A regular critic, Lucia Liljegren was, as all too often before, eager to attack my calculations – she erred in publishing a denial that I sent her a reference that I can prove she received; and not factually accurate in blogging that “Monckton’s” Planck parameter was “pulled out of a hat” when I had shown her that in my commentary I had accepted the IPCC’s value as correct. She was misleading her readers in not telling them that the “out-of-a-hat” relationship she complains of is one which Kiehl and Trenberth (1997) had assumed, with a small variation (their implicit λ0 is 0.18 rather than the 0.15 I derived from their paper via Kimoto, 2009); and selective in not passing on that I had told her they were wrong to assume that a blackbody relationship between flux and temperature holds at the surface (if it did, as my commentary said, it would imply a climate sensitivity ~1 K).
A troll (commenter on WUWT) said I had “fabricated” the forcing function for CO2. When I pointed out that I had obtained it from Myhre et al. (1998), cited with approval in IPCC (2001, 2007), he whined at being called a troll (so don’t accuse me of “fabricating” stuff, then, particularly when I have taken care to cite multiple sources, none of which you were able to challenge) and dug himself further in by alleging that the IPCC had also “fabricated” the CO2 forcing function. No: the IPCC got it from Myhre et al., who in turn derived it by inter-comparison between three models. I didn’t and don’t warrant that the CO2 forcing function is right: that is above my pay-grade. However, Chris Essex, the lively mathematician who did some of the earliest spectral-line modeling of the CO2 forcing effect, confirms that Myhre and the IPCC are right to state that the function is a logarithmic one. Therefore, until I have evidence that it is wrong, I shall continue to use it in my calculations.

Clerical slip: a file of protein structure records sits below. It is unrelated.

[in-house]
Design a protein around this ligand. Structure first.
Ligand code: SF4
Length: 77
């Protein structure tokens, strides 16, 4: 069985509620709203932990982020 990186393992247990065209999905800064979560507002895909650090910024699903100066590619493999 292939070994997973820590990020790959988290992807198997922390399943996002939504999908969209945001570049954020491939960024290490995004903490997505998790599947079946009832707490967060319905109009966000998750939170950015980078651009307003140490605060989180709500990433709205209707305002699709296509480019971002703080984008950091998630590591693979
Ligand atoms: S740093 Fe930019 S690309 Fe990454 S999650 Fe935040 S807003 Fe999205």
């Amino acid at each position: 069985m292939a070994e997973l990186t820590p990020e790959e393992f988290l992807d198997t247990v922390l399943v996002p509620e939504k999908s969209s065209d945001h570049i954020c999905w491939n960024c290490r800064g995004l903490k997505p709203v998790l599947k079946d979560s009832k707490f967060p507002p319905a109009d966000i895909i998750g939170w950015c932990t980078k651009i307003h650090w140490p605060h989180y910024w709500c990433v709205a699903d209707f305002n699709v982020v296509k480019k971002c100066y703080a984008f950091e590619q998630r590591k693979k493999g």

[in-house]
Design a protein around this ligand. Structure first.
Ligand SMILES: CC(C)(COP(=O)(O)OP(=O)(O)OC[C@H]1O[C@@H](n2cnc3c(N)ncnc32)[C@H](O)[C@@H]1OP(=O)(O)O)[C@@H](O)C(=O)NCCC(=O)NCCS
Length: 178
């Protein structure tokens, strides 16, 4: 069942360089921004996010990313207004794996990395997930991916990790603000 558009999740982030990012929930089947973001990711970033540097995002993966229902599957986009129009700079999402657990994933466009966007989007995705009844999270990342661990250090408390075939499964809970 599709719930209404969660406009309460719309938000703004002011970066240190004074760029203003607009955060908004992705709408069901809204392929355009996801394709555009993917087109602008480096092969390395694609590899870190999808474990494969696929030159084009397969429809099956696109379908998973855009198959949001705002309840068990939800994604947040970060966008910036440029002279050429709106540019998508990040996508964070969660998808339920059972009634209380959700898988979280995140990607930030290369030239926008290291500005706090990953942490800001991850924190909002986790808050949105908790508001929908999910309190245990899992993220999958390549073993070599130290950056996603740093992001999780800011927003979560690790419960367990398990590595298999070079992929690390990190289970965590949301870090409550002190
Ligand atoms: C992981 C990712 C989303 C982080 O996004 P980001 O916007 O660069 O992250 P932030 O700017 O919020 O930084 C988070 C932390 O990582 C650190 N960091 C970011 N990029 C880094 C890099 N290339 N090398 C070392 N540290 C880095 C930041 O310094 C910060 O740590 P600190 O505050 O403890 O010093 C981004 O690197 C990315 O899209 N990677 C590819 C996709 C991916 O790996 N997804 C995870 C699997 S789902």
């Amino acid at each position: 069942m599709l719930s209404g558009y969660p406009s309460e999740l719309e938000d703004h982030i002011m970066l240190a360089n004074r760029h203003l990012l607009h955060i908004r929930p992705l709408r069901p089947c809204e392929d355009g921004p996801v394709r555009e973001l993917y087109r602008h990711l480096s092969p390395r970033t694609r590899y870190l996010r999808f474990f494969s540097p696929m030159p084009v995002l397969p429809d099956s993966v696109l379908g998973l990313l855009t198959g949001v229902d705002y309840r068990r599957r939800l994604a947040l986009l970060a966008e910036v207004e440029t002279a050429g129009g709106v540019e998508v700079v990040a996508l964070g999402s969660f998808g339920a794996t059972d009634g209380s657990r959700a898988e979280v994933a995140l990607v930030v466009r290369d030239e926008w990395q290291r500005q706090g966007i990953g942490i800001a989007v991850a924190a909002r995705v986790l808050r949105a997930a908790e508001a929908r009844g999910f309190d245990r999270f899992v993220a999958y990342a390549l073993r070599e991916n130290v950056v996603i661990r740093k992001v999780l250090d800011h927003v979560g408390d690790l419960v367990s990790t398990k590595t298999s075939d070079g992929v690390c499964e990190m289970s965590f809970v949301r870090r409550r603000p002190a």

Another troll said – as usual, without providing any evidence – that I had mis-stated the result from process engineering that provides a decisive (and low) upper bound to climate sensitivity. In fact, the result came from a process engineer, Dr. David Evans, who is one of the finest intuitive mathematicians I have met. He spent much of his early career designing and building electrical circuitry and cannot, therefore, fairly be accused of not knowing what he is talking about. Since the resulting fundamental upper limit to climate sensitivity is as low as 1.2 K, I thought readers might be interested to have a fuller account of it, which is very substantially the work of David Evans. It is posted below this note.